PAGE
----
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News

New Group Joins Rebellion Against BC's Mine Permit Process

'Residents at mercy of ministry': ORCAP

By Tom Barrett 24 Sep 2007 | TheTyee.ca

Tom Barrett is a contributing editor to The Tyee.

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Minister Krueger: Has proposal.

The protracted battle between residents and gravel pits in the Okanagan has spawned a new citizens' group.

The group, Okanagan Residential Communities Against the Proliferation of Urban Mining Practices (ORCAP), aims to change the way that mines and gravel pits are approved in B.C.

"It shouldn't be left in the hands of the minister of mines," ORCAP spokesman Grant Lawrence said in an interview. "Local communities should have a say."

The formation of ORCAP, which Lawrence said has 250 members, is the latest step in a conflict that stems from changes to B.C.'s mining legislation passed in 2002.

Bill 54, which amended the Mineral Tenure Act, made it much easier to open a mine in B.C. and stripped away the rights of ordinary property owners, opponents say.

Under Bill 54, "mining can happen much easier," Lawrence said.

Boom spawns pits

Retirement and vacation communities around the Okanagan have been dealing with a rash of new gravel pits in recent years, spurred by the B.C. construction boom. The boom has brought an increased demand for aggregate, a combination of sand, crushed rock and gravel used to make concrete.

In a press release announcing the formation of the group, ORCAP argues that current legislation "places an extreme amount of power and responsibility in the hands of the ministry of energy, mines and petroleum resources.... The Mining Act essentially overrides all municipal and regional rules and regulations, as well as many property owners' rights.

"Residents feel they are at the mercy of the ministry of mines, with little recourse."

Permit denied

Lawrence said members of the group have spoken to Minister of State for Mining Kevin Krueger on several occasions. The minister toured gravel pits in the Okanagan twice during the summer.

Last month, Krueger's ministry denied a permit to a controversial gravel pit that had been planned for a site north of Kelowna.

Lawrence isn't sure if the decision is a victory for his group, however. There was so much wrong with the application, he said, that it might have been turned down even without the residents' protests.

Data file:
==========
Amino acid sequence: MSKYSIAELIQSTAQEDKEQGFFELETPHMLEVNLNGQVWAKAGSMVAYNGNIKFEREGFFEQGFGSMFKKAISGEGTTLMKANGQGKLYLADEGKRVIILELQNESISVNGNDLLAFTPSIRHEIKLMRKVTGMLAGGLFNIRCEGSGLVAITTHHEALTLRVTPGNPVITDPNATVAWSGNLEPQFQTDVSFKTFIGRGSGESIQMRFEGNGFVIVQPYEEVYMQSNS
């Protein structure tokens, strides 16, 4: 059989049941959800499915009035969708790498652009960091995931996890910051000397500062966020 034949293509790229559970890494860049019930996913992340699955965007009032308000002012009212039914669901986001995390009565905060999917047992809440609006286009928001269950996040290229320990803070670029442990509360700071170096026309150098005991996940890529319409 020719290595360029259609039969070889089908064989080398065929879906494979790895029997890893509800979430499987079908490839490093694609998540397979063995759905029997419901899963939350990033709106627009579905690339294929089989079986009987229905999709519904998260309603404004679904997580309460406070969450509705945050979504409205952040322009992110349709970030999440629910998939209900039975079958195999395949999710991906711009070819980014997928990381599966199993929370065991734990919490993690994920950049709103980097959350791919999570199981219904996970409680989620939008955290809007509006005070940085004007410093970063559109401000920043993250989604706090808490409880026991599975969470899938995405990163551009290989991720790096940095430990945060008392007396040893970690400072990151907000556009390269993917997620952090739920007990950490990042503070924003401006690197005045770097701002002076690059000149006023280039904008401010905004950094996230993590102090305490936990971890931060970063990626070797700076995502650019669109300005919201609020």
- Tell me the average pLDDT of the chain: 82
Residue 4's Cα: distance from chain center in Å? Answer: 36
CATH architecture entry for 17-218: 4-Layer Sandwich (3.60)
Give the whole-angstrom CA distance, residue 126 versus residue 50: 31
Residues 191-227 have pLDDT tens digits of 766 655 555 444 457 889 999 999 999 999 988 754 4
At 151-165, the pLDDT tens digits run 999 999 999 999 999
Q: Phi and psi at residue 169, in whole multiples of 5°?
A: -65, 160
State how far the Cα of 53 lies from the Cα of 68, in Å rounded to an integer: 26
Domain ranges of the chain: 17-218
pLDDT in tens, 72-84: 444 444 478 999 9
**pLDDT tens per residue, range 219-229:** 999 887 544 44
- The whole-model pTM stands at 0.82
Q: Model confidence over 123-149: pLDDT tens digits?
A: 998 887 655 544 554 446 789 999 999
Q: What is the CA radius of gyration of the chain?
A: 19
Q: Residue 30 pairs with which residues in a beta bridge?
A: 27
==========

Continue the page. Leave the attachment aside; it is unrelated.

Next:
Lawrence, a software salesman from Carr's Landing, on the eastern shore of Okanagan Lake, said ORCAP has members in eight Okanagan communities.

Zoned approach proposed

The group wants the provincial government to adopt what it calls a three-zone model for approving gravel pits. Mining would be prohibited in areas designated as red zones, restricted in yellow zones and permitted 00 if deemed to be "responsible" -- in green zones.

Red zones would include areas that are within 500 metres of the nearest residence or in environmentally sensitive areas. Projects that threaten groundwater or pose a health hazard from "dust, compromised water supply, contaminants, trucking hazards, or noise disturbance" would also be prohibited.

Pits that infringe on the Agricultural Land Reserve or threaten to "permanently damage" views would also fall within the red zone.

Yellow zones would allow mining with "significant restrictions" if the project meets a range of criteria, including:

Mining would be acceptable in green zones. Green-zone projects would be, among other things, more than 1,000 metres from the nearest residence.

Green zone projects would also fall within areas zoned for industrial use. Health risks would have to be "unlikely." Projects would have to put forward reclamation plans that would be inspected annually.

Any mining in the yellow or green zones would have to be jointly approved by the provincial government and the local municipal authority.

'Gravel reserves' suggested

The plan also calls for the establishment of "gravel reserves" in otherwise undeveloped areas "to conserve this valuable resource." A portion of the profits from any approved project would be set aside for the reclamation or remediation of the land, and operators would have to post a bond large enough to discourage them from walking away from a failed pit.

The group also suggests that gravel pit operators who have proven themselves to be sensitive to the needs of the environment and the community should have their applications expedited.

A spokesman for Krueger said the minister hasn't had a chance to study the proposal, which he received from ORCAP in late August.

"He's looking forward to looking at it, but we haven't really seen it," the spokesman said. "So give us a couple of days on this one."

Related Tyee stories:

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